In Tennessee, RTI (Response to Intervention) is a program for ALL students in the areas of reading and math. Throughout the school year, teachers use RTI assessments to find out how students are doing and to check on student progress. If a student is performing behind their peers in reading, math or both subjects, the student will participate in intervention programs to work to improve their performance.
Parents should feel free to talk with the teacher about your child’s progress and ask what can be done at home to help your child. If you think your child is not making progress using RTI interventions, you may request, in writing, an evaluation for special education, and the school must respond to your request.
Tennessee’s special education category of Specific Learning Disability uses RTI assessment/progress data to determine special education eligibility.
Special education law provides what is called “Procedural Safeguards” to protect parent and student rights, including the area of special education eligibility.
The Tennessee Department of Education has created a one-page document and PowerPoint that outlines five tips for school districts to review and follow to avoid violating student and parent safeguards in the area of RTI services.
For more information about RTI, please refer to STEP’s RTI one page guide and Tennessee Department of Education RTI manual.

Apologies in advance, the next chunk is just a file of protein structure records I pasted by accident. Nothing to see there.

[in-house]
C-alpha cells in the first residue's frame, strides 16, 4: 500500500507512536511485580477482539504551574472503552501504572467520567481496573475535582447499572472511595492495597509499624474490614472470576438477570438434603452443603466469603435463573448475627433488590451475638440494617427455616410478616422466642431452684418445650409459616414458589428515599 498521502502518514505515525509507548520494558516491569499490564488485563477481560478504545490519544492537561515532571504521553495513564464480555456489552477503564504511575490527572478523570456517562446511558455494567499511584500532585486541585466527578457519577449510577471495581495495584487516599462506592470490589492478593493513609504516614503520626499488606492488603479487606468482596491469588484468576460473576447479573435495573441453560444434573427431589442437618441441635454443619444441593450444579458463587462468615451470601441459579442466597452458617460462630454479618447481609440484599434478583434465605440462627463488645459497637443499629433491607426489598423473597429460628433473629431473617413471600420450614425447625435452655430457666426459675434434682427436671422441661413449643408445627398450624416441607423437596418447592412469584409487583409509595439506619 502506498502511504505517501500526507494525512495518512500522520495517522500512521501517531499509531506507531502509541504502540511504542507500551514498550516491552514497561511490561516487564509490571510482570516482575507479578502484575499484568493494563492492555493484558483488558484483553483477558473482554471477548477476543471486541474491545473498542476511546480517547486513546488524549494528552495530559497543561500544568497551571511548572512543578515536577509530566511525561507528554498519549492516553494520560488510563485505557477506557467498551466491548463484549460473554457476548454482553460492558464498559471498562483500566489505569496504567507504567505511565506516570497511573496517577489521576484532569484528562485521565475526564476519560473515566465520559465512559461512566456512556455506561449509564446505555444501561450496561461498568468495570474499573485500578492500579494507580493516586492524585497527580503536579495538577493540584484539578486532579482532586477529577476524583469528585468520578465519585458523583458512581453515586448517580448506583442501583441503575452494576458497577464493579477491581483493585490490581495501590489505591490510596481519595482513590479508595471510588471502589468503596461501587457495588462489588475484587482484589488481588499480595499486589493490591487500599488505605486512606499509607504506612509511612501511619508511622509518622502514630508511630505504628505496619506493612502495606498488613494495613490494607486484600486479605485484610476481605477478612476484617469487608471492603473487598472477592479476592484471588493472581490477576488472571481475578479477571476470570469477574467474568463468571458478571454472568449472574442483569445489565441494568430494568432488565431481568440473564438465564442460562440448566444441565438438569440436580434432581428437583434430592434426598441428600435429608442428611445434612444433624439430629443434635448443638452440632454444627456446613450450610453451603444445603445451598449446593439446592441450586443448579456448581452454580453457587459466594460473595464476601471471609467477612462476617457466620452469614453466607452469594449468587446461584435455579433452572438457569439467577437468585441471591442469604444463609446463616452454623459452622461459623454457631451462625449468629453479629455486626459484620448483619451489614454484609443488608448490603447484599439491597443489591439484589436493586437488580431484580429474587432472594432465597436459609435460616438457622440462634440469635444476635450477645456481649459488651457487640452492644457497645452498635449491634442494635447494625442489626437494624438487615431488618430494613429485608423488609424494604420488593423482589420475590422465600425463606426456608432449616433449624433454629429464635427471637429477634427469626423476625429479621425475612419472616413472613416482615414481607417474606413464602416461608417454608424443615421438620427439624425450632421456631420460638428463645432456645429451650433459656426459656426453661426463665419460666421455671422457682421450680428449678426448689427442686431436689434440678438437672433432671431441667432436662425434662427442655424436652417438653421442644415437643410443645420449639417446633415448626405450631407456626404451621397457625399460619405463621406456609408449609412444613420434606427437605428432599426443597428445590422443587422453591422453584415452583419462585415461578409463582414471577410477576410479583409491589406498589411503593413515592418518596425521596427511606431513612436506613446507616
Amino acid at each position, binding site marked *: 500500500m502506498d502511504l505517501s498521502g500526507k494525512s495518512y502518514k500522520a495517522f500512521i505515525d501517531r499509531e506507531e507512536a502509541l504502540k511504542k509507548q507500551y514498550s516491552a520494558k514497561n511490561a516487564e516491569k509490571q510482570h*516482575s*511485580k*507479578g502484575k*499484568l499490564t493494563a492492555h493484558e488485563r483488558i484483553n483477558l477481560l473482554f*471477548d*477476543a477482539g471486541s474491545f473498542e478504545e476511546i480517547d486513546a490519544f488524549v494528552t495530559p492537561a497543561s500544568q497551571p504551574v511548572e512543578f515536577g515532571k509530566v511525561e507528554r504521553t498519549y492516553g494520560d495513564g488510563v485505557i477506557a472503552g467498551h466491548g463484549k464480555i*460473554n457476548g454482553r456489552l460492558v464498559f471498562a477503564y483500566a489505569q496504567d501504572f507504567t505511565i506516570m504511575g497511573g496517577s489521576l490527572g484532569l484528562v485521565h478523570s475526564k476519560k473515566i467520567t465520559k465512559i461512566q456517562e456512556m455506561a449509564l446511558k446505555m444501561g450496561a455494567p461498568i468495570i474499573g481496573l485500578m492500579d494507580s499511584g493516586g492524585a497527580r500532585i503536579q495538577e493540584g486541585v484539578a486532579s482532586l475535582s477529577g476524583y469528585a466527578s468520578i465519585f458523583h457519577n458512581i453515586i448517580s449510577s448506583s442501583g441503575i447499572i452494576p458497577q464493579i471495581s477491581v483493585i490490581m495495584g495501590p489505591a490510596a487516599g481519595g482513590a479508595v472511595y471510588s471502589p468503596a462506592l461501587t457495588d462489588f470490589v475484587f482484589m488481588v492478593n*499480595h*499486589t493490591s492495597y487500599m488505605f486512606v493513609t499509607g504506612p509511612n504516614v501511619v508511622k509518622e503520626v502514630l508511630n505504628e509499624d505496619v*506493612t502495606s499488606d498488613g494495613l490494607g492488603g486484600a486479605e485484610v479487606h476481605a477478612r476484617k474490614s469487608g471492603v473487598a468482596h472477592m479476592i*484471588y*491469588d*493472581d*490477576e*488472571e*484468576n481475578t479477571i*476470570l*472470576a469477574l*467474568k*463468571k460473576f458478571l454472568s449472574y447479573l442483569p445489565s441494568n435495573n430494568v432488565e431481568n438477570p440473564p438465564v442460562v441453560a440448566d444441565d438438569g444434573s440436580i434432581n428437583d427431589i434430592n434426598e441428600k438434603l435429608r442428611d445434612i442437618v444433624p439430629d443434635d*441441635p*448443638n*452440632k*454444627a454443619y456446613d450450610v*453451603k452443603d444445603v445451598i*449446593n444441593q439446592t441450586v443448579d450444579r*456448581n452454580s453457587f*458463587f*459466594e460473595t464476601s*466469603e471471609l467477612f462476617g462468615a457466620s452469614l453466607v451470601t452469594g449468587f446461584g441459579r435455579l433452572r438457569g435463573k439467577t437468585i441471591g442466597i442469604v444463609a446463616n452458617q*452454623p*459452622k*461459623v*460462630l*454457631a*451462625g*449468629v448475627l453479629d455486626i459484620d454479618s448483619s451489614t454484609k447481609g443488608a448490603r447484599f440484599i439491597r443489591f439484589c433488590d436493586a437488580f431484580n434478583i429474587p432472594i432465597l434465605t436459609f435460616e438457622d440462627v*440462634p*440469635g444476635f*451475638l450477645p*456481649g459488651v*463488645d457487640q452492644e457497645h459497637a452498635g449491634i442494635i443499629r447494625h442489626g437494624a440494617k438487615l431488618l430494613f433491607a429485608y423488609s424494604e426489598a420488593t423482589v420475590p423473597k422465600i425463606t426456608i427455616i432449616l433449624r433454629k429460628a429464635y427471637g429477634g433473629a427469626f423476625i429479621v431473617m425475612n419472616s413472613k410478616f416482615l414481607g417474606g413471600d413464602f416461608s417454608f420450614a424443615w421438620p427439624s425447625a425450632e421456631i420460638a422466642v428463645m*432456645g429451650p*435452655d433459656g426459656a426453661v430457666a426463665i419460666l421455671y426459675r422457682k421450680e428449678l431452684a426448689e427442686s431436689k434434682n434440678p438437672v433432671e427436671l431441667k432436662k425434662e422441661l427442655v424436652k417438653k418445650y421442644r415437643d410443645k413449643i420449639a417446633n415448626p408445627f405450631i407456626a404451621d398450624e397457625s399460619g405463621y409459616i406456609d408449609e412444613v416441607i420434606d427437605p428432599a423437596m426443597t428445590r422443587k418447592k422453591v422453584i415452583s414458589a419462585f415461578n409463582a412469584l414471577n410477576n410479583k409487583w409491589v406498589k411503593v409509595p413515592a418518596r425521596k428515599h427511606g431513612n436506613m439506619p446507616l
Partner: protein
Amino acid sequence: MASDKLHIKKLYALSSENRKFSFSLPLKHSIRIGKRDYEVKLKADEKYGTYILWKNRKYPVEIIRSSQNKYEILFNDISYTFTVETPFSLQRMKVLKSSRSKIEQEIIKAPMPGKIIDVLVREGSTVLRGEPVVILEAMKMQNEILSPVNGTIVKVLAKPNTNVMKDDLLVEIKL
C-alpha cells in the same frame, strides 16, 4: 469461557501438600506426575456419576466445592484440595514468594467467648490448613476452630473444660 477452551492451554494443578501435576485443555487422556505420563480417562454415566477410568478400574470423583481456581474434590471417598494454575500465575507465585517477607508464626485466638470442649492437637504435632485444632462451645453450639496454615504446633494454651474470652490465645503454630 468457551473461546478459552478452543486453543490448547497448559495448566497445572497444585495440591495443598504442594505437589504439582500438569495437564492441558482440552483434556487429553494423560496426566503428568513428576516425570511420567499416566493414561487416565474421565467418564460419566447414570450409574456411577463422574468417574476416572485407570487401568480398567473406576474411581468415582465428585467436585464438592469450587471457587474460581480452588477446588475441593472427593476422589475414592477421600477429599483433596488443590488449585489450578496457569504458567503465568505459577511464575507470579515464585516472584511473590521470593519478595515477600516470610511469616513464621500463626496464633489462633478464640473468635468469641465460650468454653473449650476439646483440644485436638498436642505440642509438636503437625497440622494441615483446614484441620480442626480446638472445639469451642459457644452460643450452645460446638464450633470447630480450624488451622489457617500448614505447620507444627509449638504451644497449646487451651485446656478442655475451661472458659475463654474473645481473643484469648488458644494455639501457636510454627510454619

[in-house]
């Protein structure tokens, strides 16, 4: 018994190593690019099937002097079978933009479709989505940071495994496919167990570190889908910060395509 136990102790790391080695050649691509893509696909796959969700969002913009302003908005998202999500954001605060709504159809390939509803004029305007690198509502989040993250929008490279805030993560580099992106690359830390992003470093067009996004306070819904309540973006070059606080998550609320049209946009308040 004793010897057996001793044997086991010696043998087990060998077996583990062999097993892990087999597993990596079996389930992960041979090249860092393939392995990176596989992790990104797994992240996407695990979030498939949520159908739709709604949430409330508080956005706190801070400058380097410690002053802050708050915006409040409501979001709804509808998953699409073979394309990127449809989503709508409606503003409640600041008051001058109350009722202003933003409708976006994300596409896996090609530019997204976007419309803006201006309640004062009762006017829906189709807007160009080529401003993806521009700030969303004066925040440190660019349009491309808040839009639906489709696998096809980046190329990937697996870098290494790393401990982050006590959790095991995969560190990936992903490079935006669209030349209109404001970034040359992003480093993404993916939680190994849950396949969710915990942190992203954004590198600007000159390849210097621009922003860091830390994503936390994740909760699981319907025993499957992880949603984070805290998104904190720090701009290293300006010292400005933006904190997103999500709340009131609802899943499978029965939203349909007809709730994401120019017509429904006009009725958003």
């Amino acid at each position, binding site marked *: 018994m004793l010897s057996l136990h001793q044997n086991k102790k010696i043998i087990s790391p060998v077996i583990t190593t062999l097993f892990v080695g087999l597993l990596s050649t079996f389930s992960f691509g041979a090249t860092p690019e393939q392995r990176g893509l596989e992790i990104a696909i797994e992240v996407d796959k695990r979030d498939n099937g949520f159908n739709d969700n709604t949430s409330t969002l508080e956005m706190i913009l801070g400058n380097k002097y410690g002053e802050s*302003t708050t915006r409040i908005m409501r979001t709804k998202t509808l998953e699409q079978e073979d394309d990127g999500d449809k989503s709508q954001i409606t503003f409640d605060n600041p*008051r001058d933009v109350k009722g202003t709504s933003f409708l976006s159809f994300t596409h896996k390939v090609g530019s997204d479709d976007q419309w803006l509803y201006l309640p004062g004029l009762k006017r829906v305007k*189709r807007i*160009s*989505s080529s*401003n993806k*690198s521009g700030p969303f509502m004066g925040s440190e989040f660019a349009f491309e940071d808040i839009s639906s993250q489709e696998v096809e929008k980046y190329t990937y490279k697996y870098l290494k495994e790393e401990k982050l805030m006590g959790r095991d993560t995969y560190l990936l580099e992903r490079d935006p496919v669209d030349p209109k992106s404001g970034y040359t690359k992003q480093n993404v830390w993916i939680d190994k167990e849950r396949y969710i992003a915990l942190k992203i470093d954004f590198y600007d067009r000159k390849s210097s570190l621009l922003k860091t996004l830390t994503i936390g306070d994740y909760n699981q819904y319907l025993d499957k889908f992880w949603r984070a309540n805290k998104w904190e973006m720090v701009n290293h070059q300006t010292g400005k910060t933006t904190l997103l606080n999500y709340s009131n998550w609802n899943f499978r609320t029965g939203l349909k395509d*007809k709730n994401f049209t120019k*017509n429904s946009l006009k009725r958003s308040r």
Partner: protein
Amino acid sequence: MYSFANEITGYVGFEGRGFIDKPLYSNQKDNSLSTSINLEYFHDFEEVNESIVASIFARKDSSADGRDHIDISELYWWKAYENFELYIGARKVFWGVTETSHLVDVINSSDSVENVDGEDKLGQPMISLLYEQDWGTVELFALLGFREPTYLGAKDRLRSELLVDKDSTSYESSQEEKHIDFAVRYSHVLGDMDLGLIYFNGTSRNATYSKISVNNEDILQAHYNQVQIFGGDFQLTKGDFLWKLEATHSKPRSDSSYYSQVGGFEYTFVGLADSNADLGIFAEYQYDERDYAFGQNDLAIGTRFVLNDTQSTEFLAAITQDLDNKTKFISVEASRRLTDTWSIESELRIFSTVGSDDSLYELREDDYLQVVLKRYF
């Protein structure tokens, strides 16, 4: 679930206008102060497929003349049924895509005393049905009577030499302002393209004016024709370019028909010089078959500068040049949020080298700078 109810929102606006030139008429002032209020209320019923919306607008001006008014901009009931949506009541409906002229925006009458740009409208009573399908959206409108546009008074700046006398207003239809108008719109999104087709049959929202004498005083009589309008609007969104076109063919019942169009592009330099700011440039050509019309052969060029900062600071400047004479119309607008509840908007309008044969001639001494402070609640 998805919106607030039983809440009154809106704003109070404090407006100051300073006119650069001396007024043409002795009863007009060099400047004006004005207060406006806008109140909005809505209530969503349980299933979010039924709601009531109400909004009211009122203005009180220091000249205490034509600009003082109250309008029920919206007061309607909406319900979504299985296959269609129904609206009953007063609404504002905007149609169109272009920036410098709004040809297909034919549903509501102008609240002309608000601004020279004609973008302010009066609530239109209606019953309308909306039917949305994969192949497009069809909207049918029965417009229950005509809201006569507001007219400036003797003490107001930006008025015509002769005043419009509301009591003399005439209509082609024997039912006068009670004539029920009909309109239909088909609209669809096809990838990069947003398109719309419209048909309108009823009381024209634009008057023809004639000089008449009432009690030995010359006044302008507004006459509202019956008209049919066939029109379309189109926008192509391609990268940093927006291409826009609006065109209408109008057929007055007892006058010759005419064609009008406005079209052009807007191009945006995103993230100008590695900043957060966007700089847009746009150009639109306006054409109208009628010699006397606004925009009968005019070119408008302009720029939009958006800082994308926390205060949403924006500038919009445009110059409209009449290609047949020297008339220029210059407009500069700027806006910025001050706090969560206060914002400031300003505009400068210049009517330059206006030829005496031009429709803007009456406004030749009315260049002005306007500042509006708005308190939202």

The new one-page document about RTI from the TN Department of Education reads:
Five Tips for Avoiding Procedural Violations within RTI
1. Focus on the Data
- Focus on the progress; do not get caught up in the process.
- Language matters. Talk about the student and his/her learning, not about the RTI2 process.
- Data points are not the point; progress is. Data points help us understand trends in progress and
inform instructional decisions.
2. Respond to the Data
- If it is not working, change it!
- Do not collect data for the sake of collecting data.
- Use your data to drive instructional decisions.
3. Respond Appropriately to Requests for Evaluation
- RTI2 cannot be used to deny/delay a request for evaluation [OSEP Memo 07-11].
- Common language pitfalls: “He/She has to go through RTI2 first,” or “We don’t have enough data
points.” These statements are focused on the process, not the student.
4. Avoid Predetermination
- All decisions regarding eligibility and placement must be made by the IEP team.
- Common language pitfall: “He/She has not been in RTI2 long enough. If we test him/her now, he/she
won’t be eligible.” This statement predetermines eligibility before an evaluation has been completed.
5. Refer Anytime a Disability is Suspected
- Ensure you have a clearly communicated process for referrals from parents and teachers (i.e., clear
child find procedures) for all disabilities, including specific learning disability.
- School teams must consider all data, including medical diagnoses and/or outside evaluations.